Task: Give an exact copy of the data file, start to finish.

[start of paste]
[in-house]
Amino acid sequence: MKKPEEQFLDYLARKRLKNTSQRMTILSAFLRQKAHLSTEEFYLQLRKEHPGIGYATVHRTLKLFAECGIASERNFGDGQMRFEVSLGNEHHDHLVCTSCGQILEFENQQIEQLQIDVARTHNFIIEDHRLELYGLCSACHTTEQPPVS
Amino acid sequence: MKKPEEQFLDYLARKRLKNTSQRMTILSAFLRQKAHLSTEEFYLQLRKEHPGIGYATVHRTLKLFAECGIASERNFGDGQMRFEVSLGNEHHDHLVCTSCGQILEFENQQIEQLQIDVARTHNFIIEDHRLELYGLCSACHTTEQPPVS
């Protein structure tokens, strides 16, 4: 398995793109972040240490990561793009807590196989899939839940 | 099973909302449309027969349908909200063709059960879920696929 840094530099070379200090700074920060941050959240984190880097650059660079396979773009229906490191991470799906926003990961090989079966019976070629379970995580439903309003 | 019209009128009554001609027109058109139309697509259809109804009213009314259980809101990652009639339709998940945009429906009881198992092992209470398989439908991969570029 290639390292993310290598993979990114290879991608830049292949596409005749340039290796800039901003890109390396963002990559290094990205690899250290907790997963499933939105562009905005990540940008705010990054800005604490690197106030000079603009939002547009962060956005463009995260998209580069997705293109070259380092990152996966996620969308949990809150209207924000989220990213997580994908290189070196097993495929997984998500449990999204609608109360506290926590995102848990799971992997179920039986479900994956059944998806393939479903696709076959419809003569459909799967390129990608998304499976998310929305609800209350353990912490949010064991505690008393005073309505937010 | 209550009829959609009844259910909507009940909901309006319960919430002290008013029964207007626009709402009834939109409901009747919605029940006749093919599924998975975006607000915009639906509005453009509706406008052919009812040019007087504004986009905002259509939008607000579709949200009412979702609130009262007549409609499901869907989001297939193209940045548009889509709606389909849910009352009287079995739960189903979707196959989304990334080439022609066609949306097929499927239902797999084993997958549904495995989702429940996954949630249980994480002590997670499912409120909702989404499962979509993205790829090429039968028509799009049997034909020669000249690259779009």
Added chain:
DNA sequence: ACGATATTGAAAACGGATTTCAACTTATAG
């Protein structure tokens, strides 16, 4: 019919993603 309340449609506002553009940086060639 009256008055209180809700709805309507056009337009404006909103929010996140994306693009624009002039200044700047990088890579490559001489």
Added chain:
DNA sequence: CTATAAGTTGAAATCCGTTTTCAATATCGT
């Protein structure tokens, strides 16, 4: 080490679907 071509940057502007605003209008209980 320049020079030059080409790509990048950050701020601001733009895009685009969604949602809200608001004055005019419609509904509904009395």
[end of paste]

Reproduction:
[in-house]
Amino acid sequence: MKKPEEQFLDYLARKRLKNTSQRMTILSAFLRQKAHLSTEEFYLQLRKEHPGIGYATVHRTLKLFAECGIASERNFGDGQMRFEVSLGNEHHDHLVCTSCGQILEFENQQIEQLQIDVARTHNFIIEDHRLELYGLCSACHTTEQPPVS
Amino acid sequence: MKKPEEQFLDYLARKRLKNTSQRMTILSAFLRQKAHLSTEEFYLQLRKEHPGIGYATVHRTLKLFAECGIASERNFGDGQMRFEVSLGNEHHDHLVCTSCGQILEFENQQIEQLQIDVARTHNFIIEDHRLELYGLCSACHTTEQPPVS
């Protein structure tokens, strides 16, 4: 398995793109972040240490990561793009807590196989899939839940 | 099973909302449309027969349908909200063709059960879920696929 840094530099070379200090700074920060941050959240984190880097650059660079396979773009229906490191991470799906926003990961090989079966019976070629379970995580439903309003 | 019209009128009554001609027109058109139309697509259809109804009213009314259980809101990652009639339709998940945009429906009881198992092992209470398989439908991969570029 290639390292993310290598993979990114290879991608830049292949596409005749340039290796800039901003890109390396963002990559290094990205690899250290907790997963499933939105562009905005990540940008705010990054800005604490690197106030000079603009939002547009962060956005463009995260998209580069997705293109070259380092990152996966996620969308949990809150209207924000989220990213997580994908290189070196097993495929997984998500449990999204609608109360506290926590995102848990799971992997179920039986479900994956059944998806393939479903696709076959419809003569459909799967390129990608998304499976998310929305609800209350353990912490949010064991505690008393005073309505937010 | 209550009829959609009844259910909507009940909901309006319960919430002290008013029964207007626009709402009834939109409901009747919605029940006749093919599924998975975006607000915009639906509005453009509706406008052919009812040019007087504004986009905002259509939008607000579709949200009412979702609130009262007549409609499901869907989001297939193209940045548009889509709606389909849910009352009287079995739960189903979707196959989304990334080439022609066609949306097929499927239902797999084993997958549904495995989702429940996954949630249980994480002590997670499912409120909702989404499962979509993205790829090429039968028509799009049997034909020669000249690259779009």
Added chain:
DNA sequence: ACGATATTGAAAACGGATTTCAACTTATAG
């Protein structure tokens, strides 16, 4: 019919993603 309340449609506002553009940086060639 009256008055209180809700709805309507056009337009404006909103929010996140994306693009624009002039200044700047990088890579490559001489």
Added chain:
DNA sequence: CTATAAGTTGAAATCCGTTTTCAATATCGT
């Protein structure tokens, strides 16, 4: 080490679907 071509940057502007605003209008209980 320049020079030059080409790509990048950050701020601001733009895009685009969604949602809200608001004055005019419609509904509904009395």